16 Jun Obesity and Mortality: Association Varies By Age, Gender
MedicalResearch: What are the main findings of the study?
Dr. Mehta: Grade 1 obesity’s (body mass index [BMI] 30 to < 35) association with reduced longevity has lessened over calendar time for older white men (age >60) but not for younger middle aged (age ≤60) men. For white women, there is evidence of a decline in the association of obesity, both for Grade 1 obesity and grade 2-3 obesity (BMI ≥35), with reduced longevity across all adult ages.
To the extent that these associations can be taken as indicators of causation, this implies that the harmfulness of obesity-mortality association has declined over calendar time in white women across all ages. However, the decline in the harmfulness of obesity-mortality association is limited to older grade 1 obese white men.
MedicalResearch: Were any of the findings unexpected?
Dr. Mehta: Overall, the results seem to suggest that while obesity-mortality association may have become less deleterious over calendar time for white women across ages, this trend does not hold for younger and middle-aged white men. This was somewhat surprising finding especially since:
- One of the possible and plausible explanations for the reduction in the harmfulness of obesity-mortality association is improvements in medicine and screening procedures over calendar time
- Existing gender gaps in medical care and treatment between men and women.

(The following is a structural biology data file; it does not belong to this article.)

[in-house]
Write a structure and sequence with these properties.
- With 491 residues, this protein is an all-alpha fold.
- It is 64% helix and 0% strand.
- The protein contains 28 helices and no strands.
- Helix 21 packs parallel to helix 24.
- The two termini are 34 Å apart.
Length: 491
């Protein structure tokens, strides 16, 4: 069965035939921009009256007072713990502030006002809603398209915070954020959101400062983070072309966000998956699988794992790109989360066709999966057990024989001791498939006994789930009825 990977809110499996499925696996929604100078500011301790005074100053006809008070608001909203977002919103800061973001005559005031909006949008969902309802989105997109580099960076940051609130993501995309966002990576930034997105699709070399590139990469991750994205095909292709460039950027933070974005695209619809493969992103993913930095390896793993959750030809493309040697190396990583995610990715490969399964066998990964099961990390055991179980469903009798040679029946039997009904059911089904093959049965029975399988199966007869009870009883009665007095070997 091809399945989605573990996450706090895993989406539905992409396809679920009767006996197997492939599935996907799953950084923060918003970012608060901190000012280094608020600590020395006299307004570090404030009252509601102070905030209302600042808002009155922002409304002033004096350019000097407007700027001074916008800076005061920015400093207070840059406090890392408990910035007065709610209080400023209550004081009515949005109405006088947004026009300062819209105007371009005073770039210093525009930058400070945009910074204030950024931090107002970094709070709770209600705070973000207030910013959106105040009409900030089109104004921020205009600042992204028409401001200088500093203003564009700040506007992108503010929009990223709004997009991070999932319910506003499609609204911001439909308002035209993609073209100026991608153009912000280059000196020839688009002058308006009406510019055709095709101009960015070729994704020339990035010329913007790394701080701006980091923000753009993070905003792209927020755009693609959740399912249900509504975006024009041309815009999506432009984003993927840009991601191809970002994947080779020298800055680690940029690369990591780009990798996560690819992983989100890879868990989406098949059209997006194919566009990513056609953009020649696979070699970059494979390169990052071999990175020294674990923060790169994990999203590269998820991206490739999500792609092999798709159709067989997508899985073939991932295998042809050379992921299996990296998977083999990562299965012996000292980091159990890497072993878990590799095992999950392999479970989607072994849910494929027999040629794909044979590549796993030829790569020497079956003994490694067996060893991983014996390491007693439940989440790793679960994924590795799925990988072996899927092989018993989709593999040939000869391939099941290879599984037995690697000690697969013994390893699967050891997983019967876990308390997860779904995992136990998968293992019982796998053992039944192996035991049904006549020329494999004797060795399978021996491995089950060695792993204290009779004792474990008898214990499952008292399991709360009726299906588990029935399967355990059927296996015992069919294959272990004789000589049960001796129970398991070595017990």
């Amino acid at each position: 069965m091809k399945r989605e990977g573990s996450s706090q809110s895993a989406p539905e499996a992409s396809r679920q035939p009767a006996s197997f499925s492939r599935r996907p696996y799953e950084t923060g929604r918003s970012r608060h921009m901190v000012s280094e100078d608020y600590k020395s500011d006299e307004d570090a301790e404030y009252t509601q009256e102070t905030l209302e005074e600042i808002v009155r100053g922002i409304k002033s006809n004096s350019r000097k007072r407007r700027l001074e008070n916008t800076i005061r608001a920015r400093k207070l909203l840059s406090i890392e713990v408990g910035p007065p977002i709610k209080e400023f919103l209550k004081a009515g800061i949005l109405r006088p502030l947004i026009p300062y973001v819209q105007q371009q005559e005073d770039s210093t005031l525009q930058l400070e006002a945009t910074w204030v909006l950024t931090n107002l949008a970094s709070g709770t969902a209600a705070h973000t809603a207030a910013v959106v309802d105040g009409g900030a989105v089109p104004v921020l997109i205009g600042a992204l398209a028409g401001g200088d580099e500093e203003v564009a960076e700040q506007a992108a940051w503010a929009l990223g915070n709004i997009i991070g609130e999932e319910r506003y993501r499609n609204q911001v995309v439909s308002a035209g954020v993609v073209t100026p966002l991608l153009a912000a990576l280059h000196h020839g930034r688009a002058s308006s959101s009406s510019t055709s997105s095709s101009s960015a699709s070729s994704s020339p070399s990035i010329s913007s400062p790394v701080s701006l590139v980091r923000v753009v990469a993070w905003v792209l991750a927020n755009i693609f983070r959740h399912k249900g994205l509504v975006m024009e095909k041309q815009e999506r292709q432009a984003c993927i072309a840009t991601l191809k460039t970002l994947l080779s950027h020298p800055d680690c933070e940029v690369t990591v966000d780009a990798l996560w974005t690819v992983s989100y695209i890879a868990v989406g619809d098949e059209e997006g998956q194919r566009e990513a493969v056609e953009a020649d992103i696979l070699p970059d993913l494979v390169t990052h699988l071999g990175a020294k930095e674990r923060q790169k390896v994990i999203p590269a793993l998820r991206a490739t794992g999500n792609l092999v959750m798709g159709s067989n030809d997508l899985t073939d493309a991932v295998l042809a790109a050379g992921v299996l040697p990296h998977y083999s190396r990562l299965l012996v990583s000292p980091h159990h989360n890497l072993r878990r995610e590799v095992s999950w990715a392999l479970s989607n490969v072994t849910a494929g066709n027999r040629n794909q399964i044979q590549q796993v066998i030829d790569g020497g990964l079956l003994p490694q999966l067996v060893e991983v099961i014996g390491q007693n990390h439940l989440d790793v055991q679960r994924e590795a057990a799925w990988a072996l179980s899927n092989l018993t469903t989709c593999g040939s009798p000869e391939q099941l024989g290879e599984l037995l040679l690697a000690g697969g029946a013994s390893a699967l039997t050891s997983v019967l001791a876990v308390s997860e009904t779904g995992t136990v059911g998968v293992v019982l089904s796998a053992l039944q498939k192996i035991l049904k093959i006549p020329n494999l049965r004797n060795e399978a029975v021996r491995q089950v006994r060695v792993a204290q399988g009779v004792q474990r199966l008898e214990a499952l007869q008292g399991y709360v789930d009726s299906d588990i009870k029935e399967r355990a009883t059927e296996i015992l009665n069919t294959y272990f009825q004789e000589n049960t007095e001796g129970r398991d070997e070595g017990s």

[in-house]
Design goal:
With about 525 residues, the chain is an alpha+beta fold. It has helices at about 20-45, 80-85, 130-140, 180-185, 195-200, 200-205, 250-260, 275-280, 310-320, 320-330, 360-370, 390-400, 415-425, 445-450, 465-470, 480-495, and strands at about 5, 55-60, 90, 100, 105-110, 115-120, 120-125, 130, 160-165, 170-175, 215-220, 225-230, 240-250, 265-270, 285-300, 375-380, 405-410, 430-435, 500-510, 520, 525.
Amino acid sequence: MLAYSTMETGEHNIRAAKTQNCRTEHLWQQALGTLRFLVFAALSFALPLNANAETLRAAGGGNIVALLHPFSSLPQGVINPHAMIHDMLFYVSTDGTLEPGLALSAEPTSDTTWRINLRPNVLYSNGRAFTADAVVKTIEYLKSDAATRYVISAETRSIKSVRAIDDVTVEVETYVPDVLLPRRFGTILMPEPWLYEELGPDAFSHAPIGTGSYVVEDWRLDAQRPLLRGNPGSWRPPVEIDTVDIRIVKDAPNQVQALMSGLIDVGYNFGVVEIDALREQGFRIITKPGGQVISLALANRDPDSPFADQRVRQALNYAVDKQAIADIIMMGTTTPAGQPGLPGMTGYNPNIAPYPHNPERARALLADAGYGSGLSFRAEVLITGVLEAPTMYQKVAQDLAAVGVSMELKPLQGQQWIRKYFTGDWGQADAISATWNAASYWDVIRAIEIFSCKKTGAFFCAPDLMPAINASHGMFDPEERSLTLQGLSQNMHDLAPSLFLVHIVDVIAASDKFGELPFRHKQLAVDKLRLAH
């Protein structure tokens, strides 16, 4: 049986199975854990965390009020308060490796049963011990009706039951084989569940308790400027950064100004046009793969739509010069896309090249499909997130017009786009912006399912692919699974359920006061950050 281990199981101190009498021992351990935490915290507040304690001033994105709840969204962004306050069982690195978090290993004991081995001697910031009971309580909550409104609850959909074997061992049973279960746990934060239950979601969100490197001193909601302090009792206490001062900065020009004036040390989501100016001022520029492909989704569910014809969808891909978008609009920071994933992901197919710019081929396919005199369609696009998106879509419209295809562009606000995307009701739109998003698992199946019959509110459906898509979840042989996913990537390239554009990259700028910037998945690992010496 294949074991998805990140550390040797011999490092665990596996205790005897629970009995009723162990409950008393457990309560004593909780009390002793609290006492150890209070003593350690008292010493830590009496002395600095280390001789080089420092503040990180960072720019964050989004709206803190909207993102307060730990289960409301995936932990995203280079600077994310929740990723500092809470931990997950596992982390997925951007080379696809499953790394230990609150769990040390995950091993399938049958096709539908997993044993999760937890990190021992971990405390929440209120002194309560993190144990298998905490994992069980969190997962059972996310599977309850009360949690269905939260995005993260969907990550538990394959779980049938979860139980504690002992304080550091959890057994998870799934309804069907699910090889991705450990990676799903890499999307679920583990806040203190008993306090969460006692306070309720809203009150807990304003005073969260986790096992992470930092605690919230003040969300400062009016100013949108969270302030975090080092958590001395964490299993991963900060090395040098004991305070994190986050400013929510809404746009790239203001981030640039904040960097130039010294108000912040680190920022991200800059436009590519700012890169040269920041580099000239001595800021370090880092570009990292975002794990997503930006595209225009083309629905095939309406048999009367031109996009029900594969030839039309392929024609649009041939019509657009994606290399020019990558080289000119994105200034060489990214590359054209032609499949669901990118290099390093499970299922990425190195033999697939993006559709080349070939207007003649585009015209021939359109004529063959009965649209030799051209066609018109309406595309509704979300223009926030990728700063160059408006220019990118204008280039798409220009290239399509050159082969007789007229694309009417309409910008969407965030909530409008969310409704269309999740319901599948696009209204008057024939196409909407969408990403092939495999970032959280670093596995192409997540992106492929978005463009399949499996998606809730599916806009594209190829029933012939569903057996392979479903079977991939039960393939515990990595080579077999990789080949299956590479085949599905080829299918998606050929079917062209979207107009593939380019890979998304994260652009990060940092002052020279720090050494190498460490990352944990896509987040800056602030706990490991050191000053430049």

MedicalResearch: What should clinicians and patients take away from your report?
Dr. Mehta: This is a population-level study that informs policy makers, funders and medical community about the trend in the obesity-mortality association over calendar time. This study informs clinicians and patients that:
- a) The reduction in deleteriousness of obesity-mortality association varies by gender and the grade of obesity.
- Although there has been a decline in the harmfulness of obesity-mortality association in some groups, obesity especially grade 2-3 obesity continues to remain associated with reduced longevity in younger and middle-aged white men and women.
MedicalResearch: What recommendations do you have for future research as a result of this study?
Dr. Mehta: Our findings suggest but not prove that advances in medicine, screening procedures and interventions may have reduced the excess mortality associated with overweight and grade 1 obesity. There are other explanations possible as well for the decline. Recommendations for future studies:
- Research needs to be done to directly evaluate some of these explanations/hypotheses. For example identifying and evaluating which treatments have reduced the association of obesity-mortality at the population level would help us identify and focus on strategies that seem to be working.
- Our rigorous methodological framework can be applied to evaluate similar questions such as whether the excess mortality associated with other cardiometabolic conditions has changed over calendar time.
- As more longitudinal data on minorities becomes available we will be able to evaluate these scientific questions using our rigorous study design and methods.
- The role and trends in gender gaps and disparities in medical care is also an interesting aspect that can be studied to further build upon this work.Citation:
Mehta, T., Fontaine, K. R., Keith, S. W., Bangalore, S. S., de los Campos, G., Bartolucci, A., Pajewski, N. M. and Allison, D. B. (2014), Obesity and mortality: are the risks declining? Evidence from multiple prospective studies in the United States. Obesity Reviews. doi: 10.1111/obr.12191
Last Updated on June 16, 2014 by Marie Benz MD FAAD